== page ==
In the article entitled 6 Ways to Honor the Learning Process in Your Classroom I was moved by the following section:
“Learning is as much about knowing what you don’t know as it is about proving what you do. An assessment can offer a guess of how much and how deeply a student understands, but that’s all that it is — a guess based on a given assessment form, a quick snapshot of student understanding at any given moment, marred by reading level, academic vocabulary, student self-efficacy, the wording of the question, or even his or her mood that morning. (Heick, par.8)
In 2014, my daughter was ill the last week of school before Christmas vacation. She was feeling better the very last day and did not want to miss the Christmas party so I allowed her to attend. Before the party started she was asked to follow a para out into the hallway for an assessment. She did poorly – I mean why wouldn’t she? It was moments before a Christmas party, an hour before vacation, a week before Santa’s arrival, no school attendance for 4 days not including the weekend, and she was still not completely back to normal from her illness. After vacation she was placed in a lower reading group due to her low scoring on the test taken that day. I immediately asked for a re-test knowing she did not need to go backwards. They allowed another assessment and she was placed back in the reading group she was in.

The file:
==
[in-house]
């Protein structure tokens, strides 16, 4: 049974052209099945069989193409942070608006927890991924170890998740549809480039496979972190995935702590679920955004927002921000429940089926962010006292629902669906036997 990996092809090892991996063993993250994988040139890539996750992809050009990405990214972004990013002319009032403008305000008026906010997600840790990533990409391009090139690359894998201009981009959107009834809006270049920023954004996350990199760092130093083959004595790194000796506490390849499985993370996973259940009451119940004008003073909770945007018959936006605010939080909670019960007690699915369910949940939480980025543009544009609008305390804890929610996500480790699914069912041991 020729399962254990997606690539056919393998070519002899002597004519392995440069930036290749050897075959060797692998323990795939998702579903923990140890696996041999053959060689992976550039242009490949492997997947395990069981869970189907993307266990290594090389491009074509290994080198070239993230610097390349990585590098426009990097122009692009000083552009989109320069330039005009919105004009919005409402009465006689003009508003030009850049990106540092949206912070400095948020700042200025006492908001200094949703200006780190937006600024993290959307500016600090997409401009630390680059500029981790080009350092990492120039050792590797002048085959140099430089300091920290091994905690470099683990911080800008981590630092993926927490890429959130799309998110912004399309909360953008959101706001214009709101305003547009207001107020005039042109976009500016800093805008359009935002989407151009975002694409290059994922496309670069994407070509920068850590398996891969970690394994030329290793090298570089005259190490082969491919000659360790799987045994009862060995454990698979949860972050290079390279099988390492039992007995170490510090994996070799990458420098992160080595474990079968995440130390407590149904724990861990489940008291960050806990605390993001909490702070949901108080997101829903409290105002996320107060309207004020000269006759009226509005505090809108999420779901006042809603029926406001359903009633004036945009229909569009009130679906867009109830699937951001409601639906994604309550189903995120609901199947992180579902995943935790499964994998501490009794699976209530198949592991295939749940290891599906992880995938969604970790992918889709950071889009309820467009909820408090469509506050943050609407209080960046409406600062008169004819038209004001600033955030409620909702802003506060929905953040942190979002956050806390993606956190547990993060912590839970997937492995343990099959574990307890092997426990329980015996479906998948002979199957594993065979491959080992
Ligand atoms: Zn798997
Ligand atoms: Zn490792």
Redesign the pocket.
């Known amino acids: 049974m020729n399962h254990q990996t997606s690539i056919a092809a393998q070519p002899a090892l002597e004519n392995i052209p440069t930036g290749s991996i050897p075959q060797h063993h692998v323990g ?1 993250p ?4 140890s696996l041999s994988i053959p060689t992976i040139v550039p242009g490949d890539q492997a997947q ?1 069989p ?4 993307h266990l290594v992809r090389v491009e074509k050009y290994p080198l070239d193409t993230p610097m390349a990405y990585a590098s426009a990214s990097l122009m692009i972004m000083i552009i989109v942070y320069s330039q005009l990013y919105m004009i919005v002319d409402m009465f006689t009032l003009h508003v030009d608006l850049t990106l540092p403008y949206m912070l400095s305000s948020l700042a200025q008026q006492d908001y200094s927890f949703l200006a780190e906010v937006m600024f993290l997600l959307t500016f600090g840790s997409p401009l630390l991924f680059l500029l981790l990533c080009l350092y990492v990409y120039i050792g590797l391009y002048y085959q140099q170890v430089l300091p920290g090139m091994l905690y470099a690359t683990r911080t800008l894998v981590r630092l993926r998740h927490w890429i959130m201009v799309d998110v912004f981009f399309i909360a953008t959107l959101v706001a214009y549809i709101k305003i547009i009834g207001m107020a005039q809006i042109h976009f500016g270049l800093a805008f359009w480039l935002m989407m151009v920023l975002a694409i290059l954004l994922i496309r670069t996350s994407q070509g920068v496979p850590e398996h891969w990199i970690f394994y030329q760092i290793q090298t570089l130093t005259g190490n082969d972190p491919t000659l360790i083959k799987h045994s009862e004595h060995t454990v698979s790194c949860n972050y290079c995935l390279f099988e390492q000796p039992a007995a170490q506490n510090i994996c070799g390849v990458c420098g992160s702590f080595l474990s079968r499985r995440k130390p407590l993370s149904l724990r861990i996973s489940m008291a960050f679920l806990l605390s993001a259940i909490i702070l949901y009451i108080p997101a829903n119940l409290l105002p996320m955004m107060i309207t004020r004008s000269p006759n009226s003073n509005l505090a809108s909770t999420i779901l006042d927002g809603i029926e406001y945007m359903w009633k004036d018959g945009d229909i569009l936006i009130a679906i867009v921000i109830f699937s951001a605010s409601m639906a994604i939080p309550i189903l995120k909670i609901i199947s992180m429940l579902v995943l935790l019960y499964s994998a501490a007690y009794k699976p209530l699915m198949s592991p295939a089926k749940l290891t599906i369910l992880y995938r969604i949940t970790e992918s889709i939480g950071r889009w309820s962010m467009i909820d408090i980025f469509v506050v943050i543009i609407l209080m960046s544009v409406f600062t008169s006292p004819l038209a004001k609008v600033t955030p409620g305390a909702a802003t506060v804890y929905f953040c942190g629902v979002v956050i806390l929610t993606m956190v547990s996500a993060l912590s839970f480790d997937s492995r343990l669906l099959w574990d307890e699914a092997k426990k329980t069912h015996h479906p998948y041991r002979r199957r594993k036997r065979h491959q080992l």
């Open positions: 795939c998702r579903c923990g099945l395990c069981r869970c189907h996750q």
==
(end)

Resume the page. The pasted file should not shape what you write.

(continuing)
As a teacher I want to be mindful of what exactly these assessments are providing us, a brief photograph of a mind of a student.
Any thoughts on assessments? Please share in the comments below.